Portantino pushes to pass Senate Bill 328, which would enforce all California public high schools and middle schools to start classes no earlier than 8:30. Photo credit to Fatherly
Crescenta Valley High School

A state bill that would make schools start later was rejected

Starting this year, La Cañada High School (LCHS) began class 30 minutes later than other schools within its area: at 8:30 a.m. This change in schedule has been implemented by Senator Anthony Portantino, a Democrat in La Cañada Flintridge.

Portantino pushed to pass Senate Bill 328, which would enforce all California public high schools and middle schools to start classes no earlier than 8:30 a.m. He argued for the scientific benefits of beginning school later, which included reduction of student automobile accidents, obesity, depression, poor school performance, and cardiovascular problems.

“The AASM (American Academy of Sleep Medicine) recommends that teenagers should sleep eight to ten hours a night. But according to the CDC (Centers for Disease Control and Prevention), almost 70% of high-school students report sleeping seven hours or less on a regular basis,” Amanda MacMillan of Times Magazine said.

Despite this meaning that school ends at 3:14 p.m. rather than 3 p.m., many students within LCHS favored beginning school later and noticed a boost in their energy and attitude following the schedule change.

However, on Sept. 14, California State Legislature disregarded the possible positive effects of beginning school later and rejected Senate Bill 328, a decision supported by the California School Board Association.

California School Board Association argued that the bill would result in hardship for working families who do not have flexible work schedules and thus an increase in demand for supervision before school. They also argued that creating a “one size fits all” school time for all 3,000 secondary schools within the state is unreasonable, and pushed for local school boards to rule bell time.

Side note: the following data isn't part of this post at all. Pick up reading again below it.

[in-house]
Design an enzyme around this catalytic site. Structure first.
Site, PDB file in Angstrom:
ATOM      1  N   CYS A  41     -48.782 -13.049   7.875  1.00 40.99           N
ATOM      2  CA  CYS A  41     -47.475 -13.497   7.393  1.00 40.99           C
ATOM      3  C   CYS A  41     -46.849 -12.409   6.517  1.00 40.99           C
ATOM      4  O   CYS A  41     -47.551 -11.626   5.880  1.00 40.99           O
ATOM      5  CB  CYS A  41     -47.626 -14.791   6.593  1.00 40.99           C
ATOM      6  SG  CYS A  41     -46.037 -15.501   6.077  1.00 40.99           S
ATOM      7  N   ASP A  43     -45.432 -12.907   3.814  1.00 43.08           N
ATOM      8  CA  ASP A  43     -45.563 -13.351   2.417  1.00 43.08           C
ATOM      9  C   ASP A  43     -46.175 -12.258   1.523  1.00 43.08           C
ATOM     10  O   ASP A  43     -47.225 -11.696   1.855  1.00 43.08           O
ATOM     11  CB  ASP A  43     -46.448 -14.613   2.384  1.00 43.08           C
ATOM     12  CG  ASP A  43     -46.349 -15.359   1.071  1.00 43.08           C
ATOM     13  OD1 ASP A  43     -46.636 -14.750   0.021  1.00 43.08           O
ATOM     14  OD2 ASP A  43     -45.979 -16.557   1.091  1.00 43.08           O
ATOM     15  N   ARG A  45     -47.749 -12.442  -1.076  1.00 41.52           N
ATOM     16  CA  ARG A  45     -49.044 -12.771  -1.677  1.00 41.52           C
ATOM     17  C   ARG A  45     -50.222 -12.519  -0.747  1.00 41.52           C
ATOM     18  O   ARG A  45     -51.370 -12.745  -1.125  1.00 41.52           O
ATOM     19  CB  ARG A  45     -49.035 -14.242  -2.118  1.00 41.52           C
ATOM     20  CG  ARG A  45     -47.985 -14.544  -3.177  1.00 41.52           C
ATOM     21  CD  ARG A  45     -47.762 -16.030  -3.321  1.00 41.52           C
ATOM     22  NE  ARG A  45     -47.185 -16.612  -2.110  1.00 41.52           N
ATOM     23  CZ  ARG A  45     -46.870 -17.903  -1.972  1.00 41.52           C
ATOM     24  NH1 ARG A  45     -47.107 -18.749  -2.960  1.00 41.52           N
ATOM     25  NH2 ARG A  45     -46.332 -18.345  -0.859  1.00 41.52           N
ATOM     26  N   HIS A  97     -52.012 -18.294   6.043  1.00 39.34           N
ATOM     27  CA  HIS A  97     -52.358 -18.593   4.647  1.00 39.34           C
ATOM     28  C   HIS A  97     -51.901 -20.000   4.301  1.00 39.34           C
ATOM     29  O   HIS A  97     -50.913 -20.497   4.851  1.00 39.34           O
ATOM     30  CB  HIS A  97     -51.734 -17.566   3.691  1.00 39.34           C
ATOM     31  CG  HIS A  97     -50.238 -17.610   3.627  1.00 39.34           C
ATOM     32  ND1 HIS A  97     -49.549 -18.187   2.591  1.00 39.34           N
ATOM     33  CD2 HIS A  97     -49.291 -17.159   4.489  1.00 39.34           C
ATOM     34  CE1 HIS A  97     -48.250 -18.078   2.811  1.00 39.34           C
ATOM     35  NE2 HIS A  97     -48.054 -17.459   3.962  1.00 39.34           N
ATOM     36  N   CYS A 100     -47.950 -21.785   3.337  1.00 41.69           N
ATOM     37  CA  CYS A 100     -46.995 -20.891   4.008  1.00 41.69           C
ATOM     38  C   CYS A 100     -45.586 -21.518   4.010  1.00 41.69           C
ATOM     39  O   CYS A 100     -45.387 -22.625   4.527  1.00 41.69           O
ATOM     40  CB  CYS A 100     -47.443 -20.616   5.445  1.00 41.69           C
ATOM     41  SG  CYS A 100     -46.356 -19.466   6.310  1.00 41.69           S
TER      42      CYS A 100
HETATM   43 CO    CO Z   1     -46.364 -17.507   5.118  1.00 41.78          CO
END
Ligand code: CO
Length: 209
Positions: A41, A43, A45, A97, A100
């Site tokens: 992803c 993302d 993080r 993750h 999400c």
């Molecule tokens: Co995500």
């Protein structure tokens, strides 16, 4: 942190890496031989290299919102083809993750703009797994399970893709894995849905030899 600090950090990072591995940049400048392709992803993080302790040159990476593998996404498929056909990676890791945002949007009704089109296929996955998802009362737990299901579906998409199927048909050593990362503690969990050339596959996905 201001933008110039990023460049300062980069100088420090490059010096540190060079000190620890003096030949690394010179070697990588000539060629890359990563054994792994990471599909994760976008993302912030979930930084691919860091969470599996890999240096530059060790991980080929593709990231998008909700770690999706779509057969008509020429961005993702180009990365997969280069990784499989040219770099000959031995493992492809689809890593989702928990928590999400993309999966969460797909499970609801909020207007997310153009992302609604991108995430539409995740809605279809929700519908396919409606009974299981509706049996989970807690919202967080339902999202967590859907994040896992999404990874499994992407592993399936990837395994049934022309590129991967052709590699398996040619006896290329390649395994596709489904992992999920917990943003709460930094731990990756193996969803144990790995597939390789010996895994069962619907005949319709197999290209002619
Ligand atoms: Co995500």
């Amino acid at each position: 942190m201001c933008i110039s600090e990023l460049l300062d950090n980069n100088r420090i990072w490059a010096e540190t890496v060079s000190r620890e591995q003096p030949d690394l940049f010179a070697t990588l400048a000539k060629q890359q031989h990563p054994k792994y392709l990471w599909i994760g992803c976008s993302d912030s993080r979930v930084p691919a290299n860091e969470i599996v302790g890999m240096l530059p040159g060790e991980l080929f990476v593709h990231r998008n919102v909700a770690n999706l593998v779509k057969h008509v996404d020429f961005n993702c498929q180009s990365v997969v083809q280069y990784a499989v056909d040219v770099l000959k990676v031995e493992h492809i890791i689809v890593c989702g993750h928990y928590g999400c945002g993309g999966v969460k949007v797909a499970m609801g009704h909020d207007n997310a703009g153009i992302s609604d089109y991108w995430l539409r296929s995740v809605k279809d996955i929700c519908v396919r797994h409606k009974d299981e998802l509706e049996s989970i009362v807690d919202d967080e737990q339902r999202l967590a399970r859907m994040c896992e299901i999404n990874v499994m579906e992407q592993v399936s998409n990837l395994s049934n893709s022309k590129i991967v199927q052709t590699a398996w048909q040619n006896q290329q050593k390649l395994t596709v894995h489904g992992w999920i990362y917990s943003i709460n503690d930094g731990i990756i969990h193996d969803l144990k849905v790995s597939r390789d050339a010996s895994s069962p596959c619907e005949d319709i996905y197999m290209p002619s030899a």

“I’m surprised (with the vote in the Assembly) given the science behind this is peer-reviewed and solid,” Portantino said in San Francisco Chronicle.

However, Portantino announced that he plans to revisit this bill in January of 2018, stating that it would benefit the students’ mentality and academic attitudes.

If passed, the law would be implemented in July of 2020.

1 Comment

  • Reply Douglas Campbell October 30, 2017 at 6:46 am

    I submit that more school hours is what’s needed. My high school day started at 7:30AM and went until 2:30PM, after which, because I was an athlete, I practiced my skills until 6PM or later. So, the school day went for about 10.5 hours, not counting the time to walk to school and walk home — about 45 mins each way. I thrived in such an environment, but I certainly can see that there are those who would not.

    So, if a long school day isn’t the right thing, according to the scientists, perhaps the hours have to be obtained a different way. I suggest that the proper way is the elimination of summer vacation. Summer vacation is founded on the premise that for part of the year, the brain should lay fallow. This practice arose from the manner in which western agriculture — in particular, wheat growing — has been practiced. Unlike in the rice-growing regions of the orient, we do not grow our crops year round, and, in fact, due to the kind of agriculture of the west, we must allow fields to lay fallow,. Well, what works for agriculture doesn’t work for the brain, as the high achieving Chinese schools have shown. Studies here (such as the KIPP Academies) have shown that poor students — those students of lesser means — lose capability as a group during the summer, because there are fewer educational opportunities available to them during that time. Wealthier students, on the other hand, have such things as books in the home, trips to educational places, vacations to far off lands, etc. to improve their skills during the summer. So, one way to assure that both groups attain the same education — and that the education of the poor is not stilted — is to have year around instruction. This would certainly allow shortening of the school day without any decrease in school hours. But good luck attaining that; the wealthy who would prefer their vacations and the teachers unions — both would stand in the way of any attempt to lengthen the school year (most teachers have second jobs during the summer which would not be possible without the vacation, and remember, a teachers union is not for the students — it is for the teachers).


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